Eurozone optimism after draft Greece bailout deal

Protesters march in central Athens during a demonstration against the bailout agreement. Picture: Getty
Protesters march in central Athens during a demonstration against the bailout agreement. Picture: Getty
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Eurozone officials were optimistic of approving a draft bailout deal for Greece yesterday after the country’s politicians cleared it in a vote that nevertheless saw the government suffer significant dissent.

The bill on the rescue deal was passed just in time for Greek finance minister Euclid Tsakalotos to head to Brussels to meet his counterparts from the 19-country currency union in the hope of getting their seal of approval as well.

The bailout is all that stands between Greece and a disorderly default on its debts – as soon as next week – that would force it out of Europe’s joint currency. The rescue package would give it about €85 billion (£60bn) in loans over three years in exchange for harsh spending cuts and tax hikes.

Germany, Greece’s most influential creditor and harshest critic, was cautiously optimistic about the eurozone signing off on the bailout.

“I think that at the end of today we will have a result,” German finance minister Wolfgang Schaeuble said as he arrived for the talks. “If we don’t find a solution, we will have to do bridge financing,” he said, referring to a short-term loan so Greece can make its next debt payment on Thursday.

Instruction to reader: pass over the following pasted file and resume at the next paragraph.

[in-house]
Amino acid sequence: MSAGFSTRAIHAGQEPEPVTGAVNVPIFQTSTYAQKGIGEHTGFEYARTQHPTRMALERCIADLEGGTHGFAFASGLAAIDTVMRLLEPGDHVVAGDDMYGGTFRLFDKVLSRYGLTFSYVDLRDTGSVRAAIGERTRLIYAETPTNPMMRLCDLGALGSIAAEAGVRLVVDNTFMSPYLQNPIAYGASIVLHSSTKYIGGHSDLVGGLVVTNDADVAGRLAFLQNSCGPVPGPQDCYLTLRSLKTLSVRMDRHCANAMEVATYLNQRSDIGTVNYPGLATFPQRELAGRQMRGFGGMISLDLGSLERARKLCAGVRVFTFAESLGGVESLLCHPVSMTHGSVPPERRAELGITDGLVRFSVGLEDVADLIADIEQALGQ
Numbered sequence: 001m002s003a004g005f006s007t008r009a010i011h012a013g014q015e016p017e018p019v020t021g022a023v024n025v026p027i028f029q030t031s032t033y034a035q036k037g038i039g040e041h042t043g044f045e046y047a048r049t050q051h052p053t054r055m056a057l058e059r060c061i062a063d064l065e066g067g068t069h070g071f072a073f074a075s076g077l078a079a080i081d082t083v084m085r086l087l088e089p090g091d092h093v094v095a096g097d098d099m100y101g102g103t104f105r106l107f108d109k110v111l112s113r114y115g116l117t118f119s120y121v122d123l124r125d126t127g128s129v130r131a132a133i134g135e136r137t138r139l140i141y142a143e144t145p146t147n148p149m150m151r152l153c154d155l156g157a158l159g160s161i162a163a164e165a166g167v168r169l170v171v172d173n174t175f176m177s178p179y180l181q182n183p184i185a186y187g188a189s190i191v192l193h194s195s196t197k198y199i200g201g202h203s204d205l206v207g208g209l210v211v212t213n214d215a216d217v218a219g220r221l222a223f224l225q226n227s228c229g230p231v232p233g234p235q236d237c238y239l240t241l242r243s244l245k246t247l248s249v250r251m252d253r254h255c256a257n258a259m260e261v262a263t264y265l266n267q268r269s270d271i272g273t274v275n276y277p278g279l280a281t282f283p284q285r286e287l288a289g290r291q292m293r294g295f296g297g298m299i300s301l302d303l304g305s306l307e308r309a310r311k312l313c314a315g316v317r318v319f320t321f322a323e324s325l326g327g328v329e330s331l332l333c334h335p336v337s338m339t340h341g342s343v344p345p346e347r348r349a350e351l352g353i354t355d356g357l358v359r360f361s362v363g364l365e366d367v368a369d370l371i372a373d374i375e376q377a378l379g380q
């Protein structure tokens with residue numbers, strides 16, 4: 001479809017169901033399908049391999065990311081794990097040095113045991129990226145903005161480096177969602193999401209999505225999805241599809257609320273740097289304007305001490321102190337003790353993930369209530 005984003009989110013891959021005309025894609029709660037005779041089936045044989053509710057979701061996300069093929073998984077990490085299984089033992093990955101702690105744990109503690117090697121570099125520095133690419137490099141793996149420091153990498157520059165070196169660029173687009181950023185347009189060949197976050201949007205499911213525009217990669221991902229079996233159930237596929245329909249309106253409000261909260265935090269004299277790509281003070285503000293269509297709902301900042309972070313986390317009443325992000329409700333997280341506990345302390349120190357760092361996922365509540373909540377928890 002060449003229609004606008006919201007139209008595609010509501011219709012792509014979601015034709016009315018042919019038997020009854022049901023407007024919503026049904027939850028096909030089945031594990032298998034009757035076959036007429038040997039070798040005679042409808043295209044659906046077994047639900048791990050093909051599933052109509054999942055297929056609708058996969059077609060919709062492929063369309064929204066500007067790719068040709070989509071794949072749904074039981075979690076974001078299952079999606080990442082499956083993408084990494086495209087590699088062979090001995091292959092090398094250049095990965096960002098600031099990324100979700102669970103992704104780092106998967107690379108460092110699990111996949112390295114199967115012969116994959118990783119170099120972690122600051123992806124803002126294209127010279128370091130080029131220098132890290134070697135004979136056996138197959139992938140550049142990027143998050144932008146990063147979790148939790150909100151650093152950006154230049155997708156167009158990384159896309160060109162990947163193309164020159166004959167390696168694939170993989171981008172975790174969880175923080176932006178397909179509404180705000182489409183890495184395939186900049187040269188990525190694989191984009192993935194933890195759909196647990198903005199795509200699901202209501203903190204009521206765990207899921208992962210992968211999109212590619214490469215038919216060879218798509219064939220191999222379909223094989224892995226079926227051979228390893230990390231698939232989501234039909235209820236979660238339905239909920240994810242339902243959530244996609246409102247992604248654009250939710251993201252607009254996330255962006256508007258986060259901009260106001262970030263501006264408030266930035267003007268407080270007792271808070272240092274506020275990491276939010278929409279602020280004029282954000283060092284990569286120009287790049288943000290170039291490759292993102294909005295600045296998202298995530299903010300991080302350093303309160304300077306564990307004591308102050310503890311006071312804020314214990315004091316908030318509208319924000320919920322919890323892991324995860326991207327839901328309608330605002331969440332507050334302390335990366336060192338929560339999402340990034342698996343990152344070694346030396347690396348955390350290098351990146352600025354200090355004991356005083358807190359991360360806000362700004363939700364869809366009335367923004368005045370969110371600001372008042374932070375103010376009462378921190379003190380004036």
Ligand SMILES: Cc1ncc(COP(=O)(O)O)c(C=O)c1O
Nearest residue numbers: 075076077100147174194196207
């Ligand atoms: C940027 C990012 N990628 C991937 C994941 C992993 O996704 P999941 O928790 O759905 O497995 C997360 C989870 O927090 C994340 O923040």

Jeroen Djisselbloem, who chairs the eurozone finance gatherings, said that the meeting “won’t be short,” but that “hopefully at the end of the evening we’ll have a positive outcome”.

The bill passed through the Greek parliament thanks to support from opposition parties, with 222 votes in favour, 64 against, 11 abstentions and three absent in the 300-member ­parliament.

Although approved by a comfortable majority, the result was a blow to prime minister Alexis Tsipras, who saw more than 40 of his 149 radical left Syriza party politicians vote against him. He has come under intense criticism from party hardliners for capitulating to the creditors’ demands for budget cuts – austerity measures he had promised to oppose when he won elections in January.

The bill includes reforms increasing personal, company and shipping taxes, reducing some pensions, abolishing tax breaks for some groups considered vulnerable and implementing deep spending cuts, including to the armed forces.

The mounting discord within Syriza is threatening to split the party and could lead to early elections. The stock market in Athens slid on the news and was down 2.4 per cent in afternoon trading.

Mr Tsipras was expected to call a vote of confidence in his government, but that was not confirmed.

A government spokeswoman said any action would come after Thursday, when Greece has to make a large debt repayment to the European Central Bank.

Mr Tsipras has maintained his public popularity in Greece despite his U-turn on austerity policies, and consistently leads opposition parties in opinion polls.

An election would allow him to remove the hard line elements from his party, but it is not a risk-free option.

“An election in the next few months would create more political uncertainty, delay economic recovery and impede reform implementation and the possibility of opening talks on debt relief as desired by the [International Monetary Fund] as a condition of its involvement in funding the program,” said Joan Hoey, analyst for Europe at the Economist Intelligence Unit.

“However, it appears to be unavoidable if Greece is to have a government capable of implementing the agreement.”